Sloping steeply directly across from the walls of Temple Mount, Silwan is dramatic.
It's dramatically ancient too. The western part of Silwan has been inhabited since Neolithic times. It is here that the residential heart of the city stood from the second millennium BC to Hellenist times. When the Ommayads arrived in the 7th century, they found the hills inhabited with cave dwellers. A thousand years later, during the 19th century, Yemenite Jews came up from the desert and lived in the same caves.
The days of caves are over. Silwan today is about houses. Since conquering East Jerusalem in 1967, Israel has been incredibly stingy about giving building licenses to the Arab population.
According to the Betzelem human-rights organization, 46,978 housing units have been built over the years on open land in East Jerusalem (designated as "municipal" since the occupation). All were built for the Jewish population. Not a single unit was built by or for the Arabs, who make up 33% of the city's population. Consequently, most Arab construction is deemed "illegal", and is designated for demolition.
The arab population grows naturally without anywhere to expend. the houses of Silwan are adorned with endless artificial add-ons, not all of which are fully sturdy. Silwan today is a dramatic mess, completely neglected by the authorities who would prefer to see it vanish.
Since the eighties, Israeli governments have been working to get houses here demolished. One excuse for the demolitions are the unavoidable illegal constructions, another is the need to expose archaeological remains "from the days of King David." The dead King David, whether real or mythical, counts for much more than do 45,000 living residents of the neighborhood.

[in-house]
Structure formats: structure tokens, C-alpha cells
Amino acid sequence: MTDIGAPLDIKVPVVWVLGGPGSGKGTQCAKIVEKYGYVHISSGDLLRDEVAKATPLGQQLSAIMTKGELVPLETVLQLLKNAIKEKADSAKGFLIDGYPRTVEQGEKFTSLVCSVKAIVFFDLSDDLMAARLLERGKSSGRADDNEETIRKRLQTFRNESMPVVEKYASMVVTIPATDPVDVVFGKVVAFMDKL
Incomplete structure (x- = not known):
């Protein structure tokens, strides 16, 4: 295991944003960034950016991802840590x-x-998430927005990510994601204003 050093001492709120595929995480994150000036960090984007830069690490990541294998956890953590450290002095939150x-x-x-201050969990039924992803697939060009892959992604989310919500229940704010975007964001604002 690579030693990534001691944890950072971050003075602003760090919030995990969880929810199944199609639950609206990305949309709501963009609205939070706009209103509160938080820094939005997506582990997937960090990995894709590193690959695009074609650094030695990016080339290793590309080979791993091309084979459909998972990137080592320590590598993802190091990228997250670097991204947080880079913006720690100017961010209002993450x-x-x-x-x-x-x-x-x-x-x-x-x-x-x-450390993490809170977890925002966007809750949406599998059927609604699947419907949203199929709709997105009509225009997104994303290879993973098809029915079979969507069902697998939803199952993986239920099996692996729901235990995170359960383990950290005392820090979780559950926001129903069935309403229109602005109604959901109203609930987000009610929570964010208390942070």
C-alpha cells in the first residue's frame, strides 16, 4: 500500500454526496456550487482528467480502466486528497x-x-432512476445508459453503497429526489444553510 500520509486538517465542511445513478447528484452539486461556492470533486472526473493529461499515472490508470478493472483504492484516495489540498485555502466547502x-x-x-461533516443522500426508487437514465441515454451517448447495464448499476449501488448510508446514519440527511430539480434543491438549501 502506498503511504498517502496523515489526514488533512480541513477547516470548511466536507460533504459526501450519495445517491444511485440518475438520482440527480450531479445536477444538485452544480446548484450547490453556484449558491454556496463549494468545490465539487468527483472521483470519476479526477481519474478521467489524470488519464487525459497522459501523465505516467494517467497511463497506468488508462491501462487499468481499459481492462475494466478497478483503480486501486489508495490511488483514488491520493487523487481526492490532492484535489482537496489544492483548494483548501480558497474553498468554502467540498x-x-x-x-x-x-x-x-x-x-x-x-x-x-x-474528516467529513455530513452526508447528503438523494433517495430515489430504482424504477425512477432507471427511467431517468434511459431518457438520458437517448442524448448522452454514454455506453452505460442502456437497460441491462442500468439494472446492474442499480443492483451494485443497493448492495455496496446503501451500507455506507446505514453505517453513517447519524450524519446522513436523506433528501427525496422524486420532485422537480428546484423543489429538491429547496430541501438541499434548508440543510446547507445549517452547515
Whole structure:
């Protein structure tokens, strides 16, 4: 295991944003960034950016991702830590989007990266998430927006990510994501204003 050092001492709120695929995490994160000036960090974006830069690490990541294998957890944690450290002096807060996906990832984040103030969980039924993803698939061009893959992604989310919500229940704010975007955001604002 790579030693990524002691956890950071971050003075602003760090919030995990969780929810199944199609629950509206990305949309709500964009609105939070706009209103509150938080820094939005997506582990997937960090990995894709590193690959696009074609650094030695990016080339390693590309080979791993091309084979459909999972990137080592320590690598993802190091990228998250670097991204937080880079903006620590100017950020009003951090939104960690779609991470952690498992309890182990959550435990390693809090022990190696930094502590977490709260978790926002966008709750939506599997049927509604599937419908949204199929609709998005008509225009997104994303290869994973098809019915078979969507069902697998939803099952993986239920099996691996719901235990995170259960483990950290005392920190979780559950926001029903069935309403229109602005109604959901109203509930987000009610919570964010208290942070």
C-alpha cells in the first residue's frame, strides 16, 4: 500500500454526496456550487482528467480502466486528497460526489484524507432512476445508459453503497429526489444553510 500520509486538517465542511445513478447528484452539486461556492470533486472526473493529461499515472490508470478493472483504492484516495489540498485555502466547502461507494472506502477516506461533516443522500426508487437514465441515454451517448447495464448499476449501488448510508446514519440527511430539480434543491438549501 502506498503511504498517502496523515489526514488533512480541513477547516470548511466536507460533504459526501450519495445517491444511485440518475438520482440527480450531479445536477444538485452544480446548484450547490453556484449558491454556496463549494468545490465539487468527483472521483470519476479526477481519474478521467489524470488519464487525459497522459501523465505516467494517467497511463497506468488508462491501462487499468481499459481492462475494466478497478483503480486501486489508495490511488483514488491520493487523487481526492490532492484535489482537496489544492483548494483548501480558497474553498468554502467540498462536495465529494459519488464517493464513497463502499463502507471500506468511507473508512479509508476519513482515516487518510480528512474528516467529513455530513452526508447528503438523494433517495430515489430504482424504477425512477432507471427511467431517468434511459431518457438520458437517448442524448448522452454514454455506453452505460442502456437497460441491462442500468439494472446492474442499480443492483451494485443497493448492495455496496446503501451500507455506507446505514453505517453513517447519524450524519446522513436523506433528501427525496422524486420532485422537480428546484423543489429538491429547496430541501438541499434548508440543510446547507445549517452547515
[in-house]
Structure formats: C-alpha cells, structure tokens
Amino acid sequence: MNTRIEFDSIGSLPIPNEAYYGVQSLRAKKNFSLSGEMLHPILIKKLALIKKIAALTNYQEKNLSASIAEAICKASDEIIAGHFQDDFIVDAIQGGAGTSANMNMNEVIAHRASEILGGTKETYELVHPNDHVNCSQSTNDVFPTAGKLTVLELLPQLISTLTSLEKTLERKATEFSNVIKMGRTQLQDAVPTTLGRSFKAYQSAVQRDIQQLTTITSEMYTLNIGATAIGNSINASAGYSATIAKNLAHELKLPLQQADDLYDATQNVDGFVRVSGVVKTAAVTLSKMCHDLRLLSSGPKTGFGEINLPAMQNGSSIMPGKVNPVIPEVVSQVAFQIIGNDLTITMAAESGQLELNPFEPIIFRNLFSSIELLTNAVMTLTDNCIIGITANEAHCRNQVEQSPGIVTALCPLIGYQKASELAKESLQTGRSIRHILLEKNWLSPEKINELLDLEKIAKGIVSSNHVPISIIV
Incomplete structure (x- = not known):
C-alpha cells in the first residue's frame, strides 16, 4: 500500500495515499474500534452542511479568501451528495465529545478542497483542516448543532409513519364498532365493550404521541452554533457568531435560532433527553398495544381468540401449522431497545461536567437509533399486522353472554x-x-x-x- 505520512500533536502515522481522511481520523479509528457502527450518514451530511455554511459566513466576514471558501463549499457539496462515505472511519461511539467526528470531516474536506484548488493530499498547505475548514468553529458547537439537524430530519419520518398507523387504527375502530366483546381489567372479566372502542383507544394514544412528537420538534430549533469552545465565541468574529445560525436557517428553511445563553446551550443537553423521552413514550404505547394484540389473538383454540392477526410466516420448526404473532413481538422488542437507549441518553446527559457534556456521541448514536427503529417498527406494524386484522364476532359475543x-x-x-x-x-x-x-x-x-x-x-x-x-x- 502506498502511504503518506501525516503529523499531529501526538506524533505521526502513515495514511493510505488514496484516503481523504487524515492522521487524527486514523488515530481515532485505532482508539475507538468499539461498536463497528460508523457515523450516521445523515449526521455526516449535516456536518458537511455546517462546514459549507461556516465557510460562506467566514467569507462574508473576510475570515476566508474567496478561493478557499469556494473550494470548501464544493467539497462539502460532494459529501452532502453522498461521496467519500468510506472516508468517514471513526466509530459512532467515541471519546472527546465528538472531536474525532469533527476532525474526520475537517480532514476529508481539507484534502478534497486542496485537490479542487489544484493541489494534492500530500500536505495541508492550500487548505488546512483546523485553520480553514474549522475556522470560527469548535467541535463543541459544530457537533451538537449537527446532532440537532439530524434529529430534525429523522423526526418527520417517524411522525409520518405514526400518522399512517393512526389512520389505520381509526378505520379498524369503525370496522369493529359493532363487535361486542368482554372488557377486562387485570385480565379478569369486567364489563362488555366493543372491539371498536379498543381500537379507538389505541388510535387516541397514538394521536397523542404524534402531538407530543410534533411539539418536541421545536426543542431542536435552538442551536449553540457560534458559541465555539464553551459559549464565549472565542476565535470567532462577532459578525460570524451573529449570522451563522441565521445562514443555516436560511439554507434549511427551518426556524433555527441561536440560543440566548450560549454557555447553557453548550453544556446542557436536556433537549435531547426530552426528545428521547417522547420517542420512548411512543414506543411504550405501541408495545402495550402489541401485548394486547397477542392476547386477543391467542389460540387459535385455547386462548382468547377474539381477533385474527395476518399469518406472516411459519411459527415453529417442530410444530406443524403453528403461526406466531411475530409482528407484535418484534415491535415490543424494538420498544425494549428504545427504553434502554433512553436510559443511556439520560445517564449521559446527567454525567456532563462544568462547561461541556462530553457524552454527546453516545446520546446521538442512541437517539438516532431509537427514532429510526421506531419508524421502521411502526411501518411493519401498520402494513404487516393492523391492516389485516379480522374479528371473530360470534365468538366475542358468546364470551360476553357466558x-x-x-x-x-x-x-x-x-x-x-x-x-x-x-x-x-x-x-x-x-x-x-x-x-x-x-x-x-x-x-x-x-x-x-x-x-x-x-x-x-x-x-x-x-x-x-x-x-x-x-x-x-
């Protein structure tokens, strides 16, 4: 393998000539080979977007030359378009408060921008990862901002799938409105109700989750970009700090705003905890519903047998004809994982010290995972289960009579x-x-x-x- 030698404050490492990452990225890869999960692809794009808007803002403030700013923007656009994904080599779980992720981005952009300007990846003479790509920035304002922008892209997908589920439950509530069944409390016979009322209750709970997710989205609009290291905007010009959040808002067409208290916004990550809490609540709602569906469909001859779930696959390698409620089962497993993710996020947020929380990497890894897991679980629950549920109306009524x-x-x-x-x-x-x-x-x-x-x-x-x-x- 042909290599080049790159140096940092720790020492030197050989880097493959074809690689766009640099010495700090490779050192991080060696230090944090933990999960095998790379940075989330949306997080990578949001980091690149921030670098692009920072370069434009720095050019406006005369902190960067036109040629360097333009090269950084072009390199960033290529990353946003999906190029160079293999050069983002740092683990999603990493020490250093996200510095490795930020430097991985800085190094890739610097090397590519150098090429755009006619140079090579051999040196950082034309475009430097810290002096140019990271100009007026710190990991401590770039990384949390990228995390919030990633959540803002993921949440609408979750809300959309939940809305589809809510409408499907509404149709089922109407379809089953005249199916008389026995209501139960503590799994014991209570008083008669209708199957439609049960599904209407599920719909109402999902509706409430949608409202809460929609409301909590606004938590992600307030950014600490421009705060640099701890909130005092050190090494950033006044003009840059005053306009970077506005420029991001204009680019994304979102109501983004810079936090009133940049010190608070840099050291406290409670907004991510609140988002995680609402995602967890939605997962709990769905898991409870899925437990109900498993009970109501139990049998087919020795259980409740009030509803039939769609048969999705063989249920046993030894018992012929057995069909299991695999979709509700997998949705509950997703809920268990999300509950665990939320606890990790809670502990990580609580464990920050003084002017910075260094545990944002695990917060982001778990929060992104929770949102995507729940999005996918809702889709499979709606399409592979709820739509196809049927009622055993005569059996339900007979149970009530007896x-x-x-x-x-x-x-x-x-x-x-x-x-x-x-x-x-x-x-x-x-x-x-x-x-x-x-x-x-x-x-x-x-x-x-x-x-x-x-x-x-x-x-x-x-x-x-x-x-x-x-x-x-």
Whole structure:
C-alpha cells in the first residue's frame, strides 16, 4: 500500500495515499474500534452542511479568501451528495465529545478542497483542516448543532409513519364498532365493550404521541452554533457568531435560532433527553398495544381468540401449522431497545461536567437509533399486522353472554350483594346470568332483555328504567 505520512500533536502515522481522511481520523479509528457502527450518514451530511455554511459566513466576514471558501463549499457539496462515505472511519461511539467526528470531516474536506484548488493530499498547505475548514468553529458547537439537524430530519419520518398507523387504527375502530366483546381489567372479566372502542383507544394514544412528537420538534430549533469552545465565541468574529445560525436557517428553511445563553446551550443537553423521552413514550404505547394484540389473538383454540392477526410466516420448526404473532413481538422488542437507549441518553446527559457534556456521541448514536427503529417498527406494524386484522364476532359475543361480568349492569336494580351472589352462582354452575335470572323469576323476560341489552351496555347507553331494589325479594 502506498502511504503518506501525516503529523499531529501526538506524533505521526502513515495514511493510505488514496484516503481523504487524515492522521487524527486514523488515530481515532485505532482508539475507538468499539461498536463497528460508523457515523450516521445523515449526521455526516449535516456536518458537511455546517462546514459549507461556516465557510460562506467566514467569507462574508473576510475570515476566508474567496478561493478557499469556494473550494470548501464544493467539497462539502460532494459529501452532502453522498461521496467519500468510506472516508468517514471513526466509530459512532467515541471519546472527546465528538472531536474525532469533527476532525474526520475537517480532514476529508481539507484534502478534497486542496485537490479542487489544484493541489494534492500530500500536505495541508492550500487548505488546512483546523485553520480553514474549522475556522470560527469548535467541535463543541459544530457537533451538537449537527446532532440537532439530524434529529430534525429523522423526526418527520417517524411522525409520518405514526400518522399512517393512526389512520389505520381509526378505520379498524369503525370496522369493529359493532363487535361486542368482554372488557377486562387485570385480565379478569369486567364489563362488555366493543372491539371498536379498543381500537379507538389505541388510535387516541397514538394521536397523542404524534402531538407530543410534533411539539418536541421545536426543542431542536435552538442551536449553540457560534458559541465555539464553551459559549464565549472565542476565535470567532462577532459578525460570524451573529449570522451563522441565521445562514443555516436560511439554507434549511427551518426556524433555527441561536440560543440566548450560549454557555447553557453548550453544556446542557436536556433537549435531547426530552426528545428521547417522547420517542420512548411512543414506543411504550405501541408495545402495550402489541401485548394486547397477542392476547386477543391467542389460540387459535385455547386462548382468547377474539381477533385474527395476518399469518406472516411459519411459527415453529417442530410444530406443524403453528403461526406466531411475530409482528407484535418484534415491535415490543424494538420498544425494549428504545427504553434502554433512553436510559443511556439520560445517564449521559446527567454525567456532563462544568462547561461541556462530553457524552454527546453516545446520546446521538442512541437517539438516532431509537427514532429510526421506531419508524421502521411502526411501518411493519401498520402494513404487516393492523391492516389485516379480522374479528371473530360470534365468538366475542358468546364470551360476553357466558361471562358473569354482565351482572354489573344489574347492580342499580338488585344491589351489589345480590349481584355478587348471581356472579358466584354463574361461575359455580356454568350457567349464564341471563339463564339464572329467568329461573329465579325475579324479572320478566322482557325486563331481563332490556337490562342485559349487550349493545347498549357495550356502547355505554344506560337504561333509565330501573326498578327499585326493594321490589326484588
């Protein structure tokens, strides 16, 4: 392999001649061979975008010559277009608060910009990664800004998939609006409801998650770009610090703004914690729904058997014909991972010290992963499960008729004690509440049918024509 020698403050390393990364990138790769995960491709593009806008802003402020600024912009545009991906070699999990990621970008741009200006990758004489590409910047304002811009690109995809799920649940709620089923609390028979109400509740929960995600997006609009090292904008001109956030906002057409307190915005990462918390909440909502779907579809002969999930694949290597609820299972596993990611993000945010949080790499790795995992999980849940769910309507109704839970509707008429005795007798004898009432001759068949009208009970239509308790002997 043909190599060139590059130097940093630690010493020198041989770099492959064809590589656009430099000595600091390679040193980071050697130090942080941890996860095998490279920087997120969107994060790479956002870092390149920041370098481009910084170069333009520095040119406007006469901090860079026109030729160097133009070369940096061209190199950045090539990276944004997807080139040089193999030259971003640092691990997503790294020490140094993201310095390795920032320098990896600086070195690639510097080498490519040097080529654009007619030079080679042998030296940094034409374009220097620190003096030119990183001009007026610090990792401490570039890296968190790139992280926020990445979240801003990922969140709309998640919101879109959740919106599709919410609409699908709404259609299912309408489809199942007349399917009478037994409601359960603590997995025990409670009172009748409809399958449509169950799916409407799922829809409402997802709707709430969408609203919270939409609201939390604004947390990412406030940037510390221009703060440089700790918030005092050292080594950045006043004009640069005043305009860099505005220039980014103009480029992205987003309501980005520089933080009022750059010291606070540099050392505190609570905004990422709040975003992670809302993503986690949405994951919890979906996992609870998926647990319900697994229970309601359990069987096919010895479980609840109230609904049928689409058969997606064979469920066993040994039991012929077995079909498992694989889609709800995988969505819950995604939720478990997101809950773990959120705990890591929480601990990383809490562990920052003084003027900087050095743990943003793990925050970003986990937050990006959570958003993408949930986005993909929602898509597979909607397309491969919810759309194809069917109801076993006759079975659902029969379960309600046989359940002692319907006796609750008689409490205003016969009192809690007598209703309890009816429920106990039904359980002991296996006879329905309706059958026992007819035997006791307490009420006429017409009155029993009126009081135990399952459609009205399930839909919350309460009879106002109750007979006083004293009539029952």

Did I say neighborhood? We call Silwan a "village" as we refer to any Arab community. "Tamra" in the Galilee is a village, despite being twice the size of the "city" of Katzrin, a Jewish-Israeli community on the Golan heights. If Silwan were a village, its troubles could be considered smallish, but they aren't. They are dramatic.
Most dramatic of all is the problem of the settlements. The ElAd organization is using donations money to Judaise the neighborhood. I'm Jewish, I think any neighborhood in the world should be open to Jews, but I also read the Mishna. In the tome of Avot, Rabbi Yochanan Ben Zakai asks his deciples what would be a true righteous quality in a person. Rabi Yossei replies: "A good neighbor".
If you go as an Israeli to live in Silwan, in an absentee property from which the tennents were kicked out by force, you're not there to be a good neighbor. Silwan attracts right-wing activists who don't believe in the right of Palestinians to live where they were born. Thanks to the 50 families living there today, life in the neighborhood is highly controlled by the military.
Indeed, thanks to them, to the humanist minded ElAd organization and to the generous municipality of Jerusalem, distrust is abundant. I've never taken a walk anywhere where my camera evoked so much suspicion. Most were convinced that I am working for the house demolition authorities, but I came to shoot Silwan's beautifully painted walls, welcoming the Haj pilgrims upon return
and its Esheresque staircases
and its abundant style.
I didn't at all intend to write an angry post, but it's enough to walk around with open eyes and anger appears: raw anger, frustrating anger, anger that is as intense as the topography and as grey as the concrete, anger as dramatic as this place is.